Majority of patients in both groups delivered vaginally. This can be explained by the fact that a few of them had preterm births and vaginal delivery was preferred in anemic patients as blood loss is less in vaginal delivery as compared to cesarean section. These findings are similar to those of Chhabra et al.[20] It was found that the APGAR score of newborns in Group B was less as compared to Group A in the gestational age of 33–36 weeks. Our findings were consistent with those of Abdel Moety and Ahmed who reported that low APGAR scores resolved in the majority of the fetuses after treatment of anemia and Goswami et al. reported an increased APGAR score in nonanemic patients as compared to anemic patients.[18],[21]

The fetal prognosis was assessed in terms of the number of preterm births, FGR, AFD, and perinatal deaths. The percentage of fetuses with preterm births was higher in those with severe maternal anemia. Our findings were similar to those of Chhabra et al. and Jagadish Kumar et al.[20],[22] In our study, the risk of FGR increased with the increasing severity of anemia. Our findings were consistent with those of Chhabra et al.[20] In our study, higher percentage of babies with AFD in severely anemic mothers was reported. These findings were in contrast with those of Sundaram and Murugesan who reported no significant association between maternal anemia and passage of meconium by the fetuses.[23] Furthermore, the higher number of perinatal deaths were reported in severely anemic mothers. Similar findings were reported by Goswami et al. and Nair et al.[20],[24]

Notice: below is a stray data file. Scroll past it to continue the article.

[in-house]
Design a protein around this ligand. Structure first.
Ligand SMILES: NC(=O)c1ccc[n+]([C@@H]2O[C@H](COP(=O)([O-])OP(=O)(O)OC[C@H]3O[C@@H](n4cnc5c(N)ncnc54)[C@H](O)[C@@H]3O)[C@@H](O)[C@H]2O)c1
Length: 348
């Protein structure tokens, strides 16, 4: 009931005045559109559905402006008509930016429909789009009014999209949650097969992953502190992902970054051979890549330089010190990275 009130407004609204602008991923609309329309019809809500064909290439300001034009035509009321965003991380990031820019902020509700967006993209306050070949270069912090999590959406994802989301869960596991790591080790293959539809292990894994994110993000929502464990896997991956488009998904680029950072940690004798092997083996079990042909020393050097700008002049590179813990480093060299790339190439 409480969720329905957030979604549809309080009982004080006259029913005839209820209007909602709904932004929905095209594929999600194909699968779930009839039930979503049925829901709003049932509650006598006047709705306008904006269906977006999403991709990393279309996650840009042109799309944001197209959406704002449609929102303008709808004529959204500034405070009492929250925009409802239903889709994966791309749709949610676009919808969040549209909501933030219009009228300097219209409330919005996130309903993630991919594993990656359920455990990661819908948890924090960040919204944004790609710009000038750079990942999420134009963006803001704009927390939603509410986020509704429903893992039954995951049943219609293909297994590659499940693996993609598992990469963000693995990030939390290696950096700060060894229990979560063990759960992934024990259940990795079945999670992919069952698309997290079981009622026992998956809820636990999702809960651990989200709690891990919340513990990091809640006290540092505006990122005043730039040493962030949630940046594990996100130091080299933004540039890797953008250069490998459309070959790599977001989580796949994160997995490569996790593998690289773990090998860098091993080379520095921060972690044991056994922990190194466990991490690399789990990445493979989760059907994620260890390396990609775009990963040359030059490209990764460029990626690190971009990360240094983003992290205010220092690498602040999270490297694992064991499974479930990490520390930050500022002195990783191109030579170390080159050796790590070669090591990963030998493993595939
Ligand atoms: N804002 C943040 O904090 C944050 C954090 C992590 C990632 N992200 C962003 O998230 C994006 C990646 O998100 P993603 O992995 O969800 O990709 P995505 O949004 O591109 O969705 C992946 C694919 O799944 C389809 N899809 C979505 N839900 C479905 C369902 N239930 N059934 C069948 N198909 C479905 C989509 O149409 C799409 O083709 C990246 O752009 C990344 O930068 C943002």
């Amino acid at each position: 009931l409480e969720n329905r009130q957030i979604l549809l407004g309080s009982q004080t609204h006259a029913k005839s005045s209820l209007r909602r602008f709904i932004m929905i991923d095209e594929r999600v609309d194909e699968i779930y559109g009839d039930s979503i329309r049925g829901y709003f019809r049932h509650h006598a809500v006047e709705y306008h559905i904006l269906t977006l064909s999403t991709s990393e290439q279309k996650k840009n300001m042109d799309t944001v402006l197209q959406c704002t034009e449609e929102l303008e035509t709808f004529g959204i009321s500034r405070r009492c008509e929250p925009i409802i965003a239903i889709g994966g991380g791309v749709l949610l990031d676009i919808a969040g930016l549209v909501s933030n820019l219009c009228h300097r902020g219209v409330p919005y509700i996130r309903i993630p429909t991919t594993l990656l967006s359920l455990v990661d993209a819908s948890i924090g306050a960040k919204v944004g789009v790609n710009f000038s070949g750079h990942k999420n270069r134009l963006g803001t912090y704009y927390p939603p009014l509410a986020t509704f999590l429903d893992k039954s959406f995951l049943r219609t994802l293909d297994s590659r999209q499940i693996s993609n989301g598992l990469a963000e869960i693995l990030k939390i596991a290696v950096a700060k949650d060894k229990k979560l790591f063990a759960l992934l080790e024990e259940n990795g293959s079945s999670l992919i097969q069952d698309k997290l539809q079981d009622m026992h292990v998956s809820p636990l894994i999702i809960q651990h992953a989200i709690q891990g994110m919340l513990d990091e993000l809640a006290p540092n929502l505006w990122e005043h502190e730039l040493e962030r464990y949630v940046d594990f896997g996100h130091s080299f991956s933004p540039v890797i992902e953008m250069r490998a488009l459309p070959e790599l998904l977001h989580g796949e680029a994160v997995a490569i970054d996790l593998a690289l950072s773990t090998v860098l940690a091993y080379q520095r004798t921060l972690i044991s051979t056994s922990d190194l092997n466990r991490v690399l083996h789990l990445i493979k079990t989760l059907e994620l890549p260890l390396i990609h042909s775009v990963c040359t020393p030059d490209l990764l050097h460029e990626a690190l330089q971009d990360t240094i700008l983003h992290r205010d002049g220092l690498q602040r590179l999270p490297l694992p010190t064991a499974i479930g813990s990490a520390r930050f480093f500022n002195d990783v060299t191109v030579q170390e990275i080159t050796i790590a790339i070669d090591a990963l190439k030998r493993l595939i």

Conclusion Top


Our data support the fact that maternal Hb content of <7 g/dl is strongly associated with marked fetal hemodynamic adaptation and must be treated with acute red cell transfusion. Moderate anemia (>7 g/dl) is not sufficient to trigger fetal blood flow redistribution and can be treated with parenteral iron. Close monitoring of the fetal umbilical and cerebral circulation by Doppler examination in anemic pregnancies allows the measurement of the amplitude of the fetal vascular response, early assessment of fetal damage and helps in improving fetal outcome as well.